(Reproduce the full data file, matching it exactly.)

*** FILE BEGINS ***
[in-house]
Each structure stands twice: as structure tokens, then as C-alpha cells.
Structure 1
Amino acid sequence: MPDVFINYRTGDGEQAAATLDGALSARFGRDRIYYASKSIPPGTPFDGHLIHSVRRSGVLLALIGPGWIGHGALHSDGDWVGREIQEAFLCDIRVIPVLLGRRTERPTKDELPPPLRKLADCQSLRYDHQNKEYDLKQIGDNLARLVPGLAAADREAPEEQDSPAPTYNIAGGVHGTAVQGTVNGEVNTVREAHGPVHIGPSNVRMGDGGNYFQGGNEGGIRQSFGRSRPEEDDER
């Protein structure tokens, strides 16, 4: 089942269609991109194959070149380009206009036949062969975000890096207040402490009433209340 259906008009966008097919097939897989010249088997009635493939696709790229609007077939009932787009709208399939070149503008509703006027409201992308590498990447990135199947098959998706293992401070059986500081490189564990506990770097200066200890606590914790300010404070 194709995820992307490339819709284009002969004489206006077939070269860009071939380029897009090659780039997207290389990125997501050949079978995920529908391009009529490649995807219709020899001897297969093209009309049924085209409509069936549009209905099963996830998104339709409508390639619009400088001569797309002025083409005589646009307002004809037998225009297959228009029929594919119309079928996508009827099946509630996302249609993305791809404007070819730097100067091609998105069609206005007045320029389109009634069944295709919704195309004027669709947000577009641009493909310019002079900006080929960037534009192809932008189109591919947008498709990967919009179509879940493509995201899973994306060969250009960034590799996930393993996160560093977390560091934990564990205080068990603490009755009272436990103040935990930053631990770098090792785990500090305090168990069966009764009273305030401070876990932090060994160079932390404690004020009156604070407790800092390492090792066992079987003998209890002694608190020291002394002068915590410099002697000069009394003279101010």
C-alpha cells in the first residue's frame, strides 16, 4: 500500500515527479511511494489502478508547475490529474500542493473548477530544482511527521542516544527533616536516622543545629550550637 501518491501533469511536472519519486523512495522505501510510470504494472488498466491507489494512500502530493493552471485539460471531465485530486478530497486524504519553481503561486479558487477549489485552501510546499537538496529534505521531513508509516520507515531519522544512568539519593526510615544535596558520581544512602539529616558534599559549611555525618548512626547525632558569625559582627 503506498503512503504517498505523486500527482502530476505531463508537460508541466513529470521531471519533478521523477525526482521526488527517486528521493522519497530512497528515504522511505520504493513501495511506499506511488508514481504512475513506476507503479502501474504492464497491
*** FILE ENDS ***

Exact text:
[in-house]
Each structure stands twice: as structure tokens, then as C-alpha cells.
Structure 1
Amino acid sequence: MPDVFINYRTGDGEQAAATLDGALSARFGRDRIYYASKSIPPGTPFDGHLIHSVRRSGVLLALIGPGWIGHGALHSDGDWVGREIQEAFLCDIRVIPVLLGRRTERPTKDELPPPLRKLADCQSLRYDHQNKEYDLKQIGDNLARLVPGLAAADREAPEEQDSPAPTYNIAGGVHGTAVQGTVNGEVNTVREAHGPVHIGPSNVRMGDGGNYFQGGNEGGIRQSFGRSRPEEDDER
């Protein structure tokens, strides 16, 4: 089942269609991109194959070149380009206009036949062969975000890096207040402490009433209340 259906008009966008097919097939897989010249088997009635493939696709790229609007077939009932787009709208399939070149503008509703006027409201992308590498990447990135199947098959998706293992401070059986500081490189564990506990770097200066200890606590914790300010404070 194709995820992307490339819709284009002969004489206006077939070269860009071939380029897009090659780039997207290389990125997501050949079978995920529908391009009529490649995807219709020899001897297969093209009309049924085209409509069936549009209905099963996830998104339709409508390639619009400088001569797309002025083409005589646009307002004809037998225009297959228009029929594919119309079928996508009827099946509630996302249609993305791809404007070819730097100067091609998105069609206005007045320029389109009634069944295709919704195309004027669709947000577009641009493909310019002079900006080929960037534009192809932008189109591919947008498709990967919009179509879940493509995201899973994306060969250009960034590799996930393993996160560093977390560091934990564990205080068990603490009755009272436990103040935990930053631990770098090792785990500090305090168990069966009764009273305030401070876990932090060994160079932390404690004020009156604070407790800092390492090792066992079987003998209890002694608190020291002394002068915590410099002697000069009394003279101010």
C-alpha cells in the first residue's frame, strides 16, 4: 500500500515527479511511494489502478508547475490529474500542493473548477530544482511527521542516544527533616536516622543545629550550637 501518491501533469511536472519519486523512495522505501510510470504494472488498466491507489494512500502530493493552471485539460471531465485530486478530497486524504519553481503561486479558487477549489485552501510546499537538496529534505521531513508509516520507515531519522544512568539519593526510615544535596558520581544512602539529616558534599559549611555525618548512626547525632558569625559582627 503506498503512503504517498505523486500527482502530476505531463508537460508541466513529470521531471519533478521523477525526482521526488527517486528521493522519497530512497528515504522511505520504493513501495511506499506511488508514481504512475513506476507503479502501474504492464497491